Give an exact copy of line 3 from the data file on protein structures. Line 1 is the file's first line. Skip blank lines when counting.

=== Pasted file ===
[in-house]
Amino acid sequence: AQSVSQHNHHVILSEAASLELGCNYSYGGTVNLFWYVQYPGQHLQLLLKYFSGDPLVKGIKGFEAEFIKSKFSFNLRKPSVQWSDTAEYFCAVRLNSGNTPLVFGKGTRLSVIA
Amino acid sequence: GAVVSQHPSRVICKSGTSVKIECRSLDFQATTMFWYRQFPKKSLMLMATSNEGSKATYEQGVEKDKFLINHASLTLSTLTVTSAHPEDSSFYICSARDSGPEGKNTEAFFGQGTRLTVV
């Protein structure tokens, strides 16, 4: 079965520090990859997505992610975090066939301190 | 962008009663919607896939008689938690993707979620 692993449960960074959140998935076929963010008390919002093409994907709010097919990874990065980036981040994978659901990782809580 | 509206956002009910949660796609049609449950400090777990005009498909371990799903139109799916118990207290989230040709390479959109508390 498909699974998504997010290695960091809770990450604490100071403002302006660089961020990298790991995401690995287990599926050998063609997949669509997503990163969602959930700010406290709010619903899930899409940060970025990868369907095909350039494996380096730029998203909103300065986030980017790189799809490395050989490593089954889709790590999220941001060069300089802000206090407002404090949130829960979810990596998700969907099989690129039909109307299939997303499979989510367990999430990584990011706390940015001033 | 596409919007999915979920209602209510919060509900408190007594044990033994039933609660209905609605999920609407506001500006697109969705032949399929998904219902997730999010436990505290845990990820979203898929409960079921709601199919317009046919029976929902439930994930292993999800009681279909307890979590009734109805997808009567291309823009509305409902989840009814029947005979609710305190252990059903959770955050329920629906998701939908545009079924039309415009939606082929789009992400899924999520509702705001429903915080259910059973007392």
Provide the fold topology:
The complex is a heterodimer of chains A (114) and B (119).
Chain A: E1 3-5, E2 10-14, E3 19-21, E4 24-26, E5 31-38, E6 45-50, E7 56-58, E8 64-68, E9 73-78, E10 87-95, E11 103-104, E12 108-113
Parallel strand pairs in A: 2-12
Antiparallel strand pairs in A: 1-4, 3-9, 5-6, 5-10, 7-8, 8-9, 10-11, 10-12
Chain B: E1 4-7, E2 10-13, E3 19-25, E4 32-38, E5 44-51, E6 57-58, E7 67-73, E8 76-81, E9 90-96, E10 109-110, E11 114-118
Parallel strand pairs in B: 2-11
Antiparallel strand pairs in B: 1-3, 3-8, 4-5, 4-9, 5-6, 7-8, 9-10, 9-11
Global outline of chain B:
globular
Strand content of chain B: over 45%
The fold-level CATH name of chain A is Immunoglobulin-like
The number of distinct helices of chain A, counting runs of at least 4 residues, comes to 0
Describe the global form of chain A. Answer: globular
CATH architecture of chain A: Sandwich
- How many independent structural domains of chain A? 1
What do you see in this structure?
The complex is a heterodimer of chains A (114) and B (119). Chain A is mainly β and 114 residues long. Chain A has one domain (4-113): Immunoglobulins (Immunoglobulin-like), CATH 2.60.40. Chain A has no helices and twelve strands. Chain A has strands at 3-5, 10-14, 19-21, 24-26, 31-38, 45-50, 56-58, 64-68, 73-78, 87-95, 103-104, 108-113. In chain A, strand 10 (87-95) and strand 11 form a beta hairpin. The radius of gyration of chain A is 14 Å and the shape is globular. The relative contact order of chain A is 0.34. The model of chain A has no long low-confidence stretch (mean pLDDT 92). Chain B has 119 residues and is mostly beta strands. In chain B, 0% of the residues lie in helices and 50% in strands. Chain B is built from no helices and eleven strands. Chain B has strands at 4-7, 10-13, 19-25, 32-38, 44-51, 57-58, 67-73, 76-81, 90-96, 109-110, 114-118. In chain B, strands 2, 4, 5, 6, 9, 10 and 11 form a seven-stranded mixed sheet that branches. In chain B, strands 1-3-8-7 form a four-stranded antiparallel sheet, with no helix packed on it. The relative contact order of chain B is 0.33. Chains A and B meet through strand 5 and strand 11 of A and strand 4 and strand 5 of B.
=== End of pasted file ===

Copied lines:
Amino acid sequence: GAVVSQHPSRVICKSGTSVKIECRSLDFQATTMFWYRQFPKKSLMLMATSNEGSKATYEQGVEKDKFLINHASLTLSTLTVTSAHPEDSSFYICSARDSGPEGKNTEAFFGQGTRLTVV